28. 28.

    Zhou, P., Zhang, N., Nussinov, R. & Ma, B. Defining the domain arrangement of the mammalian target of rapamycin complex component Rictor protein. J. Comput. Biol. 22, 876–886 (2015).

  29. 29.

    Choi, J., Chen, J., Schreiber, S. L. & Clardy, J. Structure of the FKBP12-rapamycin complex interacting with the binding domain of human FRAP. Science 273, 239–242 (1996).

  30. 30.

    Tatebe, H. et al. Substrate specificity of TOR complex 2 is determined by a ubiquitin-fold domain of the Sin1 subunit. Elife 6, (2017).

  31. 31.

    Furuita, K. et al. Utilization of paramagnetic relaxation enhancements for high-resolution NMR structure determination of a soluble loop-rich protein with sparse NOE distance restraints. J. Biomol. NMR 61, 55–64 (2015).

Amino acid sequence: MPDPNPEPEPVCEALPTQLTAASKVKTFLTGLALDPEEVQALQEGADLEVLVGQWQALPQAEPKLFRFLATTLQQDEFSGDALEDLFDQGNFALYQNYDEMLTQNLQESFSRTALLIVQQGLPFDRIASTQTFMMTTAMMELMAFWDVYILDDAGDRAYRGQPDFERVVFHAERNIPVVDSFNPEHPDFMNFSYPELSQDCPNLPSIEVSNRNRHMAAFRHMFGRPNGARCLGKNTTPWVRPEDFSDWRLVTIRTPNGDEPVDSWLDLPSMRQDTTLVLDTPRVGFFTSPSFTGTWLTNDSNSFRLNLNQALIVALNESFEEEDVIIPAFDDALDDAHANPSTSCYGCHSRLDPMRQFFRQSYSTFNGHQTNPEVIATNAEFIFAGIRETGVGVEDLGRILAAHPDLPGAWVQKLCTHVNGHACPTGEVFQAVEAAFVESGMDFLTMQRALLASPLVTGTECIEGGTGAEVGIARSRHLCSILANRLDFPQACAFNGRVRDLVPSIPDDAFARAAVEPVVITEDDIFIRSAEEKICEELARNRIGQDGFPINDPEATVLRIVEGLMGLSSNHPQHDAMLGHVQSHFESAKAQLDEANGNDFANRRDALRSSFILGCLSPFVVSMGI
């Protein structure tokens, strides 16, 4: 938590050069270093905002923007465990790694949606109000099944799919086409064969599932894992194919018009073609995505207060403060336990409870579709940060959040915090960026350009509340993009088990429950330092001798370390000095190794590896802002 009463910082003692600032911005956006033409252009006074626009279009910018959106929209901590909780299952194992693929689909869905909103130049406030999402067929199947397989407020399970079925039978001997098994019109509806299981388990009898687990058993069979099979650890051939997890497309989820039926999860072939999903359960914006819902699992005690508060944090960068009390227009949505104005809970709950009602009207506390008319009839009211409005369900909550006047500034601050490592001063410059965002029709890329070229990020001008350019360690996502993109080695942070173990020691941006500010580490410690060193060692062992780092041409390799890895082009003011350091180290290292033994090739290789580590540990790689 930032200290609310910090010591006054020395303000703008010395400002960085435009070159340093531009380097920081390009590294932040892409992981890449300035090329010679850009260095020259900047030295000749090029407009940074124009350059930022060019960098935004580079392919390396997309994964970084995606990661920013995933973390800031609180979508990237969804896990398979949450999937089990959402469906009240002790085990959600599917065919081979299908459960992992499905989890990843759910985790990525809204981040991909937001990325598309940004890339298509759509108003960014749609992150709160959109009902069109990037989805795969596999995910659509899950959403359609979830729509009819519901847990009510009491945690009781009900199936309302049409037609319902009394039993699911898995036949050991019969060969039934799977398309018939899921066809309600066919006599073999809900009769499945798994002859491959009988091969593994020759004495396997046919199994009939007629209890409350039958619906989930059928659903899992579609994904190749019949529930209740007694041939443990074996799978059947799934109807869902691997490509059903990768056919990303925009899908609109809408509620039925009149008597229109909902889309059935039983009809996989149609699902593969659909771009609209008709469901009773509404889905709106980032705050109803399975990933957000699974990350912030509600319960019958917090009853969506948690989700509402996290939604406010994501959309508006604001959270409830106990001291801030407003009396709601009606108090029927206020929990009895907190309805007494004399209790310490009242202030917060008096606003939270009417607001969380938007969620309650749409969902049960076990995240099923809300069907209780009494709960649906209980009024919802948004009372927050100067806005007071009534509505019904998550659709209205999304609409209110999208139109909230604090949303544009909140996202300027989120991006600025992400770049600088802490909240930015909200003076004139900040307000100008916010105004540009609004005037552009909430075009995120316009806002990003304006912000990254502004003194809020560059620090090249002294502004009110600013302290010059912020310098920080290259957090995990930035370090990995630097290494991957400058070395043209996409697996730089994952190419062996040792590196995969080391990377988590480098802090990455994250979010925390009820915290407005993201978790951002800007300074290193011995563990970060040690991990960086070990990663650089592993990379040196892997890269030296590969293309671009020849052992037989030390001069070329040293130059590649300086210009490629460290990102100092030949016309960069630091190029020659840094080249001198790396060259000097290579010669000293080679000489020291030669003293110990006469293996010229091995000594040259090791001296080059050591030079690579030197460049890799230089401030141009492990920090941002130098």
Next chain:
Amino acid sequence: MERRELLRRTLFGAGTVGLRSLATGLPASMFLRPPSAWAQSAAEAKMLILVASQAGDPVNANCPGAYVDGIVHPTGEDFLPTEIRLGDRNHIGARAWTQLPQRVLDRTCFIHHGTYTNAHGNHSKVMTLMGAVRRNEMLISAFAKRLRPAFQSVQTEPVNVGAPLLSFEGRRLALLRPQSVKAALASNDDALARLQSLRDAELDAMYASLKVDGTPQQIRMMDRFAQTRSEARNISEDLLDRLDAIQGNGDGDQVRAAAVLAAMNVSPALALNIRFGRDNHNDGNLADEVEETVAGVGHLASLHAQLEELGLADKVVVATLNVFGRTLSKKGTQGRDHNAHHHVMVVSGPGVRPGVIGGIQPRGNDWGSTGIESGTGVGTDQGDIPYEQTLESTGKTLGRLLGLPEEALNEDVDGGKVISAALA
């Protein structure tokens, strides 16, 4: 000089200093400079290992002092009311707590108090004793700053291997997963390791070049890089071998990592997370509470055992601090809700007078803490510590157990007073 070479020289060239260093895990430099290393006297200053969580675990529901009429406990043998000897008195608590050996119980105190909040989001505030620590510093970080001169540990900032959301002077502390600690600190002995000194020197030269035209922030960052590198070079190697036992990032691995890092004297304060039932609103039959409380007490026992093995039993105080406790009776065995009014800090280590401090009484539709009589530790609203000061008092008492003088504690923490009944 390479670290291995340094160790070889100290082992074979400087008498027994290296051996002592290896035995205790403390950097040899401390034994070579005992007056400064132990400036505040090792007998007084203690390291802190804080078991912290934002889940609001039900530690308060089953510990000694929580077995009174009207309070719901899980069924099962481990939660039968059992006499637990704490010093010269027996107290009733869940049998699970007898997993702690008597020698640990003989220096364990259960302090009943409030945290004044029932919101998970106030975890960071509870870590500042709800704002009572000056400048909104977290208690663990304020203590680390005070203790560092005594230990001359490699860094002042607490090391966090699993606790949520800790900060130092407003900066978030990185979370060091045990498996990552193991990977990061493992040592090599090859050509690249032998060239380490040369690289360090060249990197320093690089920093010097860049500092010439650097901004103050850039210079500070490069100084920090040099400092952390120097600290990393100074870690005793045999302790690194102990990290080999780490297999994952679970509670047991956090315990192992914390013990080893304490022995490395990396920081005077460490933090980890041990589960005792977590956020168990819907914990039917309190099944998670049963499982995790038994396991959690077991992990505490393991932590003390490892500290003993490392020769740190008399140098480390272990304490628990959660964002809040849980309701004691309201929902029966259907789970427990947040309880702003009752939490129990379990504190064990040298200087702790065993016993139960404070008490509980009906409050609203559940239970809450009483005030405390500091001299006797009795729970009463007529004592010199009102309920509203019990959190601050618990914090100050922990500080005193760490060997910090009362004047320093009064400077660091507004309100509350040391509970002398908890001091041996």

32. 32.

    Cameron, A. J., Linch, M. D., Saurin, A. T., Escribano, C. & Parker, P. J. mTORC2 targets AGC kinases through Sin1-dependent recruitment. Biochem. J. 439, 287–297 (2011).

  33. 33.

    Kastner, B. et al. GraFix: sample preparation for single-particle electron cryomicroscopy. Nat. Methods 5, 53–55 (2008).

  34. 34.

    Yang, B. et al. Identification of cross-linked peptides from complex samples. Nat. Methods 9, 904–906 (2012).

  35. 35.

    Combe, C. W., Fischer, L. & Rappsilber, J. xiNET: cross-link network maps with residue resolution. Mol. Cell Proteom. 14, 1137–1147 (2015).

  36. 36.